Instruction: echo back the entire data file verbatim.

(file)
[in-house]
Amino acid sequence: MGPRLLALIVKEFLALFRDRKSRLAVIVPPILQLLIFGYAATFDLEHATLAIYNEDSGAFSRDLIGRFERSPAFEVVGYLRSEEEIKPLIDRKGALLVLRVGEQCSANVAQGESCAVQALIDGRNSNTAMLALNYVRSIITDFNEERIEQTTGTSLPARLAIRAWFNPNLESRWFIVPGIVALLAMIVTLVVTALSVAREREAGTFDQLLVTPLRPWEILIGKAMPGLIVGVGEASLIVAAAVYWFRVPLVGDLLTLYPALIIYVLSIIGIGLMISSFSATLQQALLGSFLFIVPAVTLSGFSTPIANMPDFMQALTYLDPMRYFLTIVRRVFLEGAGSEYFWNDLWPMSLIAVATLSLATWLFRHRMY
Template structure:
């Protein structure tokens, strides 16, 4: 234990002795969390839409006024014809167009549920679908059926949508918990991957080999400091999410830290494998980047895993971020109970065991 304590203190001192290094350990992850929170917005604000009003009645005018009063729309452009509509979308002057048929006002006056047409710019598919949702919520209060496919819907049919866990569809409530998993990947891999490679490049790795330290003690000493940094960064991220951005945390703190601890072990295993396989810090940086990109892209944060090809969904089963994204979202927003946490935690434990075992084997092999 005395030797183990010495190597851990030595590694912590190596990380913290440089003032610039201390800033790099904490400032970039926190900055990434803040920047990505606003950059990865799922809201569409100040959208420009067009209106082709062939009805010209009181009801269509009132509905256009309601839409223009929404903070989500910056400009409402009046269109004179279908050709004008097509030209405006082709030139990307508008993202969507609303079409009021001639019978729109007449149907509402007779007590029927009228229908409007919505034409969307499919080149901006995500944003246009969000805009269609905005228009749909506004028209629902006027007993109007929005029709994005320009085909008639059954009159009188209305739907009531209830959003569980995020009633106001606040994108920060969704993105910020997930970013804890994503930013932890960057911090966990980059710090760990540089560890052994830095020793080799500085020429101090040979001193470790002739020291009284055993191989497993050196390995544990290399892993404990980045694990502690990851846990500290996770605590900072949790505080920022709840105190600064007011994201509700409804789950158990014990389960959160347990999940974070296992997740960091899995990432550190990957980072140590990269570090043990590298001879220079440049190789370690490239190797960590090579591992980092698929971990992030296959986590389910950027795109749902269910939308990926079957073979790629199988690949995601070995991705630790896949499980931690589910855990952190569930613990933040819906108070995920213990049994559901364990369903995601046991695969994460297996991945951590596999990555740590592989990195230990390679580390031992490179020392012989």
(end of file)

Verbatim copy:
[in-house]
Amino acid sequence: MGPRLLALIVKEFLALFRDRKSRLAVIVPPILQLLIFGYAATFDLEHATLAIYNEDSGAFSRDLIGRFERSPAFEVVGYLRSEEEIKPLIDRKGALLVLRVGEQCSANVAQGESCAVQALIDGRNSNTAMLALNYVRSIITDFNEERIEQTTGTSLPARLAIRAWFNPNLESRWFIVPGIVALLAMIVTLVVTALSVAREREAGTFDQLLVTPLRPWEILIGKAMPGLIVGVGEASLIVAAAVYWFRVPLVGDLLTLYPALIIYVLSIIGIGLMISSFSATLQQALLGSFLFIVPAVTLSGFSTPIANMPDFMQALTYLDPMRYFLTIVRRVFLEGAGSEYFWNDLWPMSLIAVATLSLATWLFRHRMY
Template structure:
């Protein structure tokens, strides 16, 4: 234990002795969390839409006024014809167009549920679908059926949508918990991957080999400091999410830290494998980047895993971020109970065991 304590203190001192290094350990992850929170917005604000009003009645005018009063729309452009509509979308002057048929006002006056047409710019598919949702919520209060496919819907049919866990569809409530998993990947891999490679490049790795330290003690000493940094960064991220951005945390703190601890072990295993396989810090940086990109892209944060090809969904089963994204979202927003946490935690434990075992084997092999 005395030797183990010495190597851990030595590694912590190596990380913290440089003032610039201390800033790099904490400032970039926190900055990434803040920047990505606003950059990865799922809201569409100040959208420009067009209106082709062939009805010209009181009801269509009132509905256009309601839409223009929404903070989500910056400009409402009046269109004179279908050709004008097509030209405006082709030139990307508008993202969507609303079409009021001639019978729109007449149907509402007779007590029927009228229908409007919505034409969307499919080149901006995500944003246009969000805009269609905005228009749909506004028209629902006027007993109007929005029709994005320009085909008639059954009159009188209305739907009531209830959003569980995020009633106001606040994108920060969704993105910020997930970013804890994503930013932890960057911090966990980059710090760990540089560890052994830095020793080799500085020429101090040979001193470790002739020291009284055993191989497993050196390995544990290399892993404990980045694990502690990851846990500290996770605590900072949790505080920022709840105190600064007011994201509700409804789950158990014990389960959160347990999940974070296992997740960091899995990432550190990957980072140590990269570090043990590298001879220079440049190789370690490239190797960590090579591992980092698929971990992030296959986590389910950027795109749902269910939308990926079957073979790629199988690949995601070995991705630790896949499980931690589910855990952190569930613990933040819906108070995920213990049994559901364990369903995601046991695969994460297996991945951590596999990555740590592989990195230990390679580390031992490179020392012989």